Melotte makes the point that thinking big should be inherent in any leadership position: “I don’t think any company would say it’s okay to be a mediocre leader.”

Think people:No matter what your agenda may be, everything starts and ends with people.” Melotte is delighted to see so many young professionals filling the halls of the #ISM2017 conference: “I’m so impressed by young professionals – their ambition, their resumes and their enthusiasm. It’s incredibly energising, and humbling as well.”

Moving between industries

Last year, Melotte took a significant cross-industry leap when he moved from Johnson & Johnson to Starbucks. His advice is that professionals – particularly those with high learning agility – should have confidence about moving between industries.

“There’s no right or wrong career. People have a tendency to stack-rank careers and give advice – ‘do this, don’t do that’. I believe you just have to follow your own passion and keep the fire in your belly lit. For me, this was all about starting a new adventure and seizing an opportunity that allowed me to step outside my comfort zone and grow. Life’s too short to not experiment by stepping off the proven path. I’d rather regret the things I did, than the things I didn’t do.”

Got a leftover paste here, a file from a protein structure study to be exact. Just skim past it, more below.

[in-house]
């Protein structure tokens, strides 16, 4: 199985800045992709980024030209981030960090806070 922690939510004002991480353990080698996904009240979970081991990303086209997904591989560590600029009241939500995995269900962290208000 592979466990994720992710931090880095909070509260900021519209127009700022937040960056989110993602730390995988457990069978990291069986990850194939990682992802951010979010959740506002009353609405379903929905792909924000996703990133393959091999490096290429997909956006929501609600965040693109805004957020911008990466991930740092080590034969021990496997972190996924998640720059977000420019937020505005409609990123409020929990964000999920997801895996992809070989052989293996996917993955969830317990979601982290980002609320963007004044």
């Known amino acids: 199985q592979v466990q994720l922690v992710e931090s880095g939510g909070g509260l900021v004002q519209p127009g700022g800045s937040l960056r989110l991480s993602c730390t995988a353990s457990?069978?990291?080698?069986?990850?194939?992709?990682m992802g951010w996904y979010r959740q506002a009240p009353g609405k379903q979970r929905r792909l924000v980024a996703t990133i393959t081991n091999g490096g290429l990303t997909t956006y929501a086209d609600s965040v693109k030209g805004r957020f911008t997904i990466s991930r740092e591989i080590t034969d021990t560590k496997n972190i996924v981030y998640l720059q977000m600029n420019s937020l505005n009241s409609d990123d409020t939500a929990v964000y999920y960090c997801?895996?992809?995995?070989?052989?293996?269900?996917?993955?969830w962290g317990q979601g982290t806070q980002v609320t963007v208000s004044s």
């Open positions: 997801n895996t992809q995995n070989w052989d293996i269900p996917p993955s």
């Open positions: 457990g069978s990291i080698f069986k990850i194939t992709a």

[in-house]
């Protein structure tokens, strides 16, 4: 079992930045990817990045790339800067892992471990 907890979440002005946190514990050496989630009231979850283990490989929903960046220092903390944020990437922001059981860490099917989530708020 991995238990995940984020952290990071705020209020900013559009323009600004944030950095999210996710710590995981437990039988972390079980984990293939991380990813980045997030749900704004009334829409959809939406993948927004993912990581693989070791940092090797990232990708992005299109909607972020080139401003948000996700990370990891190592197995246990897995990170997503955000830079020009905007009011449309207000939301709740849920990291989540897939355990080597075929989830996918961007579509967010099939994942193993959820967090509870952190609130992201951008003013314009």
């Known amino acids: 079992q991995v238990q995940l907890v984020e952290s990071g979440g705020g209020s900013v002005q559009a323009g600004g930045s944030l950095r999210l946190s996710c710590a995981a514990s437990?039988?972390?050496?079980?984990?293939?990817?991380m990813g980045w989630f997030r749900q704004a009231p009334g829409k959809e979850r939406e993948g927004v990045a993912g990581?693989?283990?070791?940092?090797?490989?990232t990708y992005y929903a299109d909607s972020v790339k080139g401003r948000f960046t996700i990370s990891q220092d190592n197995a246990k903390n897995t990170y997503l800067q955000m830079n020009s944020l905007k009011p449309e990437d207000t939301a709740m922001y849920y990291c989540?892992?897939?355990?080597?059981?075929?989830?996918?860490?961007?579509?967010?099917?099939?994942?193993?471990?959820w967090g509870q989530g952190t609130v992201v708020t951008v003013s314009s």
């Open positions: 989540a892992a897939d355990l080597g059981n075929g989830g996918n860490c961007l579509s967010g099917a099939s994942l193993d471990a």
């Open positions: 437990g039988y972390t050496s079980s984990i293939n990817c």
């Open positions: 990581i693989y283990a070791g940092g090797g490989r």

The ISM Chairmanship

We asked Melotte why he took on the demanding role of ISM Chair, particularly during a time when he was transitioning his own career from J&J to Starbucks. “There was a pyramid of motives”, he replied. “I’d always recommend that people take on an outside-of-industry role. For me, one reason was that I felt grateful, and obligated to give back to the discipline. If the discipline has been good to you, be good to the discipline. Secondly, it has enabled me to access a lens to the world which allows an incredible amount of learning. The board itself is a wonderful network to be part of. Finally, there’s no denying that trying to be a worthy Chairman grows you as a person.”